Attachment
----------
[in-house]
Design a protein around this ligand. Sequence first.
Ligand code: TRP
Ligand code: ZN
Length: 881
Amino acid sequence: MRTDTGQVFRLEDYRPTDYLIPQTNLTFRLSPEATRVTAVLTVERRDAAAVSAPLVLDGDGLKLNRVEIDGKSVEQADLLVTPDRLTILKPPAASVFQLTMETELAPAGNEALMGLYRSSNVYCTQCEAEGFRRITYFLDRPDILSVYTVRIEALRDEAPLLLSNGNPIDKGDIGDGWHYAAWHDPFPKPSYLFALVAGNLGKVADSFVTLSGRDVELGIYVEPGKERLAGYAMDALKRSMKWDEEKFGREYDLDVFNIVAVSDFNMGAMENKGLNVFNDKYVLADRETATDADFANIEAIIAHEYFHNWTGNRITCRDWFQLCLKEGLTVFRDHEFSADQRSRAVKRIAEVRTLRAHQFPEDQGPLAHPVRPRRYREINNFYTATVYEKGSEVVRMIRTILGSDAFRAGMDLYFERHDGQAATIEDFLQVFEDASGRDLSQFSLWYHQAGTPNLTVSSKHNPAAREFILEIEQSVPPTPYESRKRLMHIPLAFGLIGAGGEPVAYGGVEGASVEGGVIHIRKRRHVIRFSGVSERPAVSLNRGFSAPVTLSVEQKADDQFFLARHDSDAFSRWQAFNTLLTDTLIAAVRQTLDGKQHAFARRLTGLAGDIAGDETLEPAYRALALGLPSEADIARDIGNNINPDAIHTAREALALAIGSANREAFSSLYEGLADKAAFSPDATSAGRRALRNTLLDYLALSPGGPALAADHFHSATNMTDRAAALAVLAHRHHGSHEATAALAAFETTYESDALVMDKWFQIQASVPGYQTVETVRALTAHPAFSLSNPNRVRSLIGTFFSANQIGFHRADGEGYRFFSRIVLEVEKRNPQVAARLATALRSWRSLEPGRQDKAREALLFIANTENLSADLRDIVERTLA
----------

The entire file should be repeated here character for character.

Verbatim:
[in-house]
Design a protein around this ligand. Sequence first.
Ligand code: TRP
Ligand code: ZN
Length: 881
Amino acid sequence: MRTDTGQVFRLEDYRPTDYLIPQTNLTFRLSPEATRVTAVLTVERRDAAAVSAPLVLDGDGLKLNRVEIDGKSVEQADLLVTPDRLTILKPPAASVFQLTMETELAPAGNEALMGLYRSSNVYCTQCEAEGFRRITYFLDRPDILSVYTVRIEALRDEAPLLLSNGNPIDKGDIGDGWHYAAWHDPFPKPSYLFALVAGNLGKVADSFVTLSGRDVELGIYVEPGKERLAGYAMDALKRSMKWDEEKFGREYDLDVFNIVAVSDFNMGAMENKGLNVFNDKYVLADRETATDADFANIEAIIAHEYFHNWTGNRITCRDWFQLCLKEGLTVFRDHEFSADQRSRAVKRIAEVRTLRAHQFPEDQGPLAHPVRPRRYREINNFYTATVYEKGSEVVRMIRTILGSDAFRAGMDLYFERHDGQAATIEDFLQVFEDASGRDLSQFSLWYHQAGTPNLTVSSKHNPAAREFILEIEQSVPPTPYESRKRLMHIPLAFGLIGAGGEPVAYGGVEGASVEGGVIHIRKRRHVIRFSGVSERPAVSLNRGFSAPVTLSVEQKADDQFFLARHDSDAFSRWQAFNTLLTDTLIAAVRQTLDGKQHAFARRLTGLAGDIAGDETLEPAYRALALGLPSEADIARDIGNNINPDAIHTAREALALAIGSANREAFSSLYEGLADKAAFSPDATSAGRRALRNTLLDYLALSPGGPALAADHFHSATNMTDRAAALAVLAHRHHGSHEATAALAAFETTYESDALVMDKWFQIQASVPGYQTVETVRALTAHPAFSLSNPNRVRSLIGTFFSANQIGFHRADGEGYRFFSRIVLEVEKRNPQVAARLATALRSWRSLEPGRQDKAREALLFIANTENLSADLRDIVERTLA